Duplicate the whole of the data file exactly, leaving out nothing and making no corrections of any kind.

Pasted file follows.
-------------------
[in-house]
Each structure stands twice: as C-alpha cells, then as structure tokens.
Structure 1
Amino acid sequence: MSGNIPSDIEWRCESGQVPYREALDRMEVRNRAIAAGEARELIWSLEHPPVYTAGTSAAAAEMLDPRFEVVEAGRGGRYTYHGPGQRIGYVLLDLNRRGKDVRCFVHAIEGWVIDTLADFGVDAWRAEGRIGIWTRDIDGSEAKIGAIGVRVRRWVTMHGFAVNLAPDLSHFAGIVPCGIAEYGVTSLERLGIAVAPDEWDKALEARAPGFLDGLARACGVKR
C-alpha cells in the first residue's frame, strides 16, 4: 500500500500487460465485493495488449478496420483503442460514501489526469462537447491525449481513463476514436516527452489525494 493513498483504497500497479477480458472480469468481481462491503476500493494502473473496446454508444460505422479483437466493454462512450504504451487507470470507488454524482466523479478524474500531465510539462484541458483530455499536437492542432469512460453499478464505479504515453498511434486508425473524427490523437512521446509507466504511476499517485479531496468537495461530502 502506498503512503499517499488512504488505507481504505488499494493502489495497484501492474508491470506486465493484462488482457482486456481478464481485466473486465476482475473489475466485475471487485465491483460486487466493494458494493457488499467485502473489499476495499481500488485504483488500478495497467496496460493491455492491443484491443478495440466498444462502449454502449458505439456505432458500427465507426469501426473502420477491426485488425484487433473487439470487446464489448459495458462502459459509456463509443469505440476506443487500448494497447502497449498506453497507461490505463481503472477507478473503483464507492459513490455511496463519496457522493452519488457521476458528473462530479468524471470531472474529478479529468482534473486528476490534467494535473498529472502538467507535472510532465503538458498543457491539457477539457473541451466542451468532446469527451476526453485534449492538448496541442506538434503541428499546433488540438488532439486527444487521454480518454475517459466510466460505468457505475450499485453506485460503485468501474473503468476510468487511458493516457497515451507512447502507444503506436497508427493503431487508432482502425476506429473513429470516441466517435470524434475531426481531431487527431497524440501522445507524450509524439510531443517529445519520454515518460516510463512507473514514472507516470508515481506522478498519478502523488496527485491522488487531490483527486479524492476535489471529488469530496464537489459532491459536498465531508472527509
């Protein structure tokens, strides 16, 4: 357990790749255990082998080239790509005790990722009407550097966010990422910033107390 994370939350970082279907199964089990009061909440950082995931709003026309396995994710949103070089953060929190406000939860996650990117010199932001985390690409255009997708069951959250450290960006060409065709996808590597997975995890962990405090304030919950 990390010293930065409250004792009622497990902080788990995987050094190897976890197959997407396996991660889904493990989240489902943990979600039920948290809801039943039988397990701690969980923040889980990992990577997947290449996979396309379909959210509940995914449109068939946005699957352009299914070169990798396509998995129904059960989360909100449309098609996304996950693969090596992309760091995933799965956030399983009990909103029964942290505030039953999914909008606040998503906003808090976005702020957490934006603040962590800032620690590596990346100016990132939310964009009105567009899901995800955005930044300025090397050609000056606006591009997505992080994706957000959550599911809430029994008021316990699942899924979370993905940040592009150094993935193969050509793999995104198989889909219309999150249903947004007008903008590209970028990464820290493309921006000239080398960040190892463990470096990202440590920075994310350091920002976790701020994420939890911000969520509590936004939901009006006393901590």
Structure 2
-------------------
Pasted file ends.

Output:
[in-house]
Each structure stands twice: as C-alpha cells, then as structure tokens.
Structure 1
Amino acid sequence: MSGNIPSDIEWRCESGQVPYREALDRMEVRNRAIAAGEARELIWSLEHPPVYTAGTSAAAAEMLDPRFEVVEAGRGGRYTYHGPGQRIGYVLLDLNRRGKDVRCFVHAIEGWVIDTLADFGVDAWRAEGRIGIWTRDIDGSEAKIGAIGVRVRRWVTMHGFAVNLAPDLSHFAGIVPCGIAEYGVTSLERLGIAVAPDEWDKALEARAPGFLDGLARACGVKR
C-alpha cells in the first residue's frame, strides 16, 4: 500500500500487460465485493495488449478496420483503442460514501489526469462537447491525449481513463476514436516527452489525494 493513498483504497500497479477480458472480469468481481462491503476500493494502473473496446454508444460505422479483437466493454462512450504504451487507470470507488454524482466523479478524474500531465510539462484541458483530455499536437492542432469512460453499478464505479504515453498511434486508425473524427490523437512521446509507466504511476499517485479531496468537495461530502 502506498503512503499517499488512504488505507481504505488499494493502489495497484501492474508491470506486465493484462488482457482486456481478464481485466473486465476482475473489475466485475471487485465491483460486487466493494458494493457488499467485502473489499476495499481500488485504483488500478495497467496496460493491455492491443484491443478495440466498444462502449454502449458505439456505432458500427465507426469501426473502420477491426485488425484487433473487439470487446464489448459495458462502459459509456463509443469505440476506443487500448494497447502497449498506453497507461490505463481503472477507478473503483464507492459513490455511496463519496457522493452519488457521476458528473462530479468524471470531472474529478479529468482534473486528476490534467494535473498529472502538467507535472510532465503538458498543457491539457477539457473541451466542451468532446469527451476526453485534449492538448496541442506538434503541428499546433488540438488532439486527444487521454480518454475517459466510466460505468457505475450499485453506485460503485468501474473503468476510468487511458493516457497515451507512447502507444503506436497508427493503431487508432482502425476506429473513429470516441466517435470524434475531426481531431487527431497524440501522445507524450509524439510531443517529445519520454515518460516510463512507473514514472507516470508515481506522478498519478502523488496527485491522488487531490483527486479524492476535489471529488469530496464537489459532491459536498465531508472527509
């Protein structure tokens, strides 16, 4: 357990790749255990082998080239790509005790990722009407550097966010990422910033107390 994370939350970082279907199964089990009061909440950082995931709003026309396995994710949103070089953060929190406000939860996650990117010199932001985390690409255009997708069951959250450290960006060409065709996808590597997975995890962990405090304030919950 990390010293930065409250004792009622497990902080788990995987050094190897976890197959997407396996991660889904493990989240489902943990979600039920948290809801039943039988397990701690969980923040889980990992990577997947290449996979396309379909959210509940995914449109068939946005699957352009299914070169990798396509998995129904059960989360909100449309098609996304996950693969090596992309760091995933799965956030399983009990909103029964942290505030039953999914909008606040998503906003808090976005702020957490934006603040962590800032620690590596990346100016990132939310964009009105567009899901995800955005930044300025090397050609000056606006591009997505992080994706957000959550599911809430029994008021316990699942899924979370993905940040592009150094993935193969050509793999995104198989889909219309999150249903947004007008903008590209970028990464820290493309921006000239080398960040190892463990470096990202440590920075994310350091920002976790701020994420939890911000969520509590936004939901009006006393901590």
Structure 2